PONTOON TRAILERS: BUNK-TYPE VS. SCISSOR-TYPE
Bunk-type trailers, sometimes referred to as “Drive-on” , feature a wide base with two raised bunks that support the pontoons along either side of the boat. These trailers resemble the standard boat trailer you’ve probably seen before.
Scissor-type trailers, sometimes called “Fold-down”, feature a narrow frame that fits between the pontoons and lifts the boat by the deck in the center. Because of its design, this type of trailer cannot haul triple pontoon models.
You should choose a trailer based on your location and usage. We’ll go into the pro’s and con’s of each type below, so you can decide which is a better fit for you.
LAUNCHING AND LOADING
If it’s practical for your commute, choosing a scissor-type trailer will add convenience to your trips when launching and loading your pontoon. Scissor-type trailers can launch in much more shallow waters because they hold the boat from the deck rather than the pontoons. The base can be raised and lowered mechanically, allowing you to lower your boat directly onto the ground then push it into water of any depth. This can also come in handy if you plan to store your boat in a garage or shed and you need to clear the opening. The top of the boat is much lower on this model than it is on a bunk-type.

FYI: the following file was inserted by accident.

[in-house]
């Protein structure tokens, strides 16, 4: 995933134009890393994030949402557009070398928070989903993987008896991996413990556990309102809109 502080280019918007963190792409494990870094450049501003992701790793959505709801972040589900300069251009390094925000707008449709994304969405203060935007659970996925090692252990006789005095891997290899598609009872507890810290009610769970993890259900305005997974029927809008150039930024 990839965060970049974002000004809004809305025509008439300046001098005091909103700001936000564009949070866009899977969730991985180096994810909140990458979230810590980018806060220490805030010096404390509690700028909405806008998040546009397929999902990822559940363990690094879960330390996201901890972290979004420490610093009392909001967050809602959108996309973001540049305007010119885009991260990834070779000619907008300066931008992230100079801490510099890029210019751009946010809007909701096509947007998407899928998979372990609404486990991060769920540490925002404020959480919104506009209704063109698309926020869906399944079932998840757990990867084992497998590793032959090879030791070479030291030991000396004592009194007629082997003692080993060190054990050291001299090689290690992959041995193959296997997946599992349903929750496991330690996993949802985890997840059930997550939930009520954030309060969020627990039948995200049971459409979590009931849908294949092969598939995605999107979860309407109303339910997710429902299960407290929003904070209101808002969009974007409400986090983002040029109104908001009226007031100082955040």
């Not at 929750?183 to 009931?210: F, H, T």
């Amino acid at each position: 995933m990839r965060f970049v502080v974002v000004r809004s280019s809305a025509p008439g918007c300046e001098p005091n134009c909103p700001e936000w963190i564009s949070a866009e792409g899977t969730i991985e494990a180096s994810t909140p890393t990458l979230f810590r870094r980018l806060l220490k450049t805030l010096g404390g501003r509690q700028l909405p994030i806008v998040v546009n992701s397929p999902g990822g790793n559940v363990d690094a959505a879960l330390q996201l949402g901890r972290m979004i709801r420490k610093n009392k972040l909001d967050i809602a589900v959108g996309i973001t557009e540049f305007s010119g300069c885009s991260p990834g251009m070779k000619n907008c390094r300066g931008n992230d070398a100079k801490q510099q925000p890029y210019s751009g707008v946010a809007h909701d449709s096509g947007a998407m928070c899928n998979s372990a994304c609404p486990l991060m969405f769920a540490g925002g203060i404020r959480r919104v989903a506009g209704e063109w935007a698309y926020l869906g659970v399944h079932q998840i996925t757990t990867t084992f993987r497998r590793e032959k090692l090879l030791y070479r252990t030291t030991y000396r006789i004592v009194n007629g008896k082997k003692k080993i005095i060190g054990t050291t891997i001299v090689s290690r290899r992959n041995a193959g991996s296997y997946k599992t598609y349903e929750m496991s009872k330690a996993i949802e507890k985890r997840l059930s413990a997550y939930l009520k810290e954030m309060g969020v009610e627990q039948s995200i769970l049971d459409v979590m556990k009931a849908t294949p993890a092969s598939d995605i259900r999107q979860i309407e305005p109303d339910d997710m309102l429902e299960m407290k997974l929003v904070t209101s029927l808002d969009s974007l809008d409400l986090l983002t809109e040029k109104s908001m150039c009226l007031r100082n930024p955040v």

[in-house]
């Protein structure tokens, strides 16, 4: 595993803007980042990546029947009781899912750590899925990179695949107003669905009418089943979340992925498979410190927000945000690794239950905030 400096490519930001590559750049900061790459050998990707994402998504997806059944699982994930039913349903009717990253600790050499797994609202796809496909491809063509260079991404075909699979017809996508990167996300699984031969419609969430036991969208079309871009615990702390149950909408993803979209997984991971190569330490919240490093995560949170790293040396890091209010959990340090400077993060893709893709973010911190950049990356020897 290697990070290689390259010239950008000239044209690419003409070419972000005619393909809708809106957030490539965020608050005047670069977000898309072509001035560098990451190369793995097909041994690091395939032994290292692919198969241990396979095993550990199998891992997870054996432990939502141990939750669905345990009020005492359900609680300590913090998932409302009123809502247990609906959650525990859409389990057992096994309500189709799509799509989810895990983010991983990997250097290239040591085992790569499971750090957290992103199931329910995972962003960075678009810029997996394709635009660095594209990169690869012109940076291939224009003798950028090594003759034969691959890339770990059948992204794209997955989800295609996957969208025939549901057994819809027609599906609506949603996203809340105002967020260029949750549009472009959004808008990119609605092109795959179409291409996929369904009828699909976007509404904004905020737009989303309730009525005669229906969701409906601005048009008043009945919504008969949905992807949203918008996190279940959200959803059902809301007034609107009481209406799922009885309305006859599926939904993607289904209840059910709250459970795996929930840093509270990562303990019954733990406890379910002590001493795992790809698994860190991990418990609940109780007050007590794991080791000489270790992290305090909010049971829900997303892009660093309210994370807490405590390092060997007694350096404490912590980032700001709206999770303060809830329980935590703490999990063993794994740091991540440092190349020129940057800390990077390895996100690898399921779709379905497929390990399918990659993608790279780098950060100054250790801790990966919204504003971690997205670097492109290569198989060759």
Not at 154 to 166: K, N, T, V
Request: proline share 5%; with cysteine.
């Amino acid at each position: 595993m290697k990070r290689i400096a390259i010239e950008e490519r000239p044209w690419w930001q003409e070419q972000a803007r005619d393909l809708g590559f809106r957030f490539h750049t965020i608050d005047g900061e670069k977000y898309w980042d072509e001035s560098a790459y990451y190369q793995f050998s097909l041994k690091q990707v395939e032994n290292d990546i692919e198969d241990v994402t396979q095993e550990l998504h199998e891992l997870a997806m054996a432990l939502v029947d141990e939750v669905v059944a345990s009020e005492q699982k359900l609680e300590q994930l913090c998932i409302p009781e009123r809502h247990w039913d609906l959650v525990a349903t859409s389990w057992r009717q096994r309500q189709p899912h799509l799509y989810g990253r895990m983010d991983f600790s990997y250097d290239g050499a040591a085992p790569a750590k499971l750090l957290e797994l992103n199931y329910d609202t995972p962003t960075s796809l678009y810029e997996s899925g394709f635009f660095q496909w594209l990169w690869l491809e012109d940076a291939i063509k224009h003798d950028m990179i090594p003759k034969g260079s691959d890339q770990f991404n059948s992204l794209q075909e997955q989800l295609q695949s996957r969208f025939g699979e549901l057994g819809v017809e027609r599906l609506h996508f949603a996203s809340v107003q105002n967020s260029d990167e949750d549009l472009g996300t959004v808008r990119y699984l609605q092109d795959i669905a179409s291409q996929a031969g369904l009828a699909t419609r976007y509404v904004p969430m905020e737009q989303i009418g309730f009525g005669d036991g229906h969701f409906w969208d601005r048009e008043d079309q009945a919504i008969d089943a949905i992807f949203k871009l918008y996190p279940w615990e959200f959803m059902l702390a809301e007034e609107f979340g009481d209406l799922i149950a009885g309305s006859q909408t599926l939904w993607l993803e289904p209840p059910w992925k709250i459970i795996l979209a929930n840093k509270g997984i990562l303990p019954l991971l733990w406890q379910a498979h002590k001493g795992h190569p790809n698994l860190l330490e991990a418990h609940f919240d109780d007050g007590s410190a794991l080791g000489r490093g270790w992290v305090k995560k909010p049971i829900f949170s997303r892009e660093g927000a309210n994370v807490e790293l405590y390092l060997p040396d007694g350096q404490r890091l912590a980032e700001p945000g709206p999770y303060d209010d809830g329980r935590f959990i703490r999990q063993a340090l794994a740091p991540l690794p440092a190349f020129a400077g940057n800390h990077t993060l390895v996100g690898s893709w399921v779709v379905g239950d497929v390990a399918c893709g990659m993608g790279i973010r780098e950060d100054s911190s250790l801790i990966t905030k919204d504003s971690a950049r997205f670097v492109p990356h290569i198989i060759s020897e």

With a bunk-type, you must load and launch your boat using the trailer as a ramp. This means the trailer must be submerged in the water enough to drive your boat on and off, which isn’t always practical in shallow tides. If your usual location has a long, shallow wake, you’ll probably want to choose a scissor-type trailer for ease of access.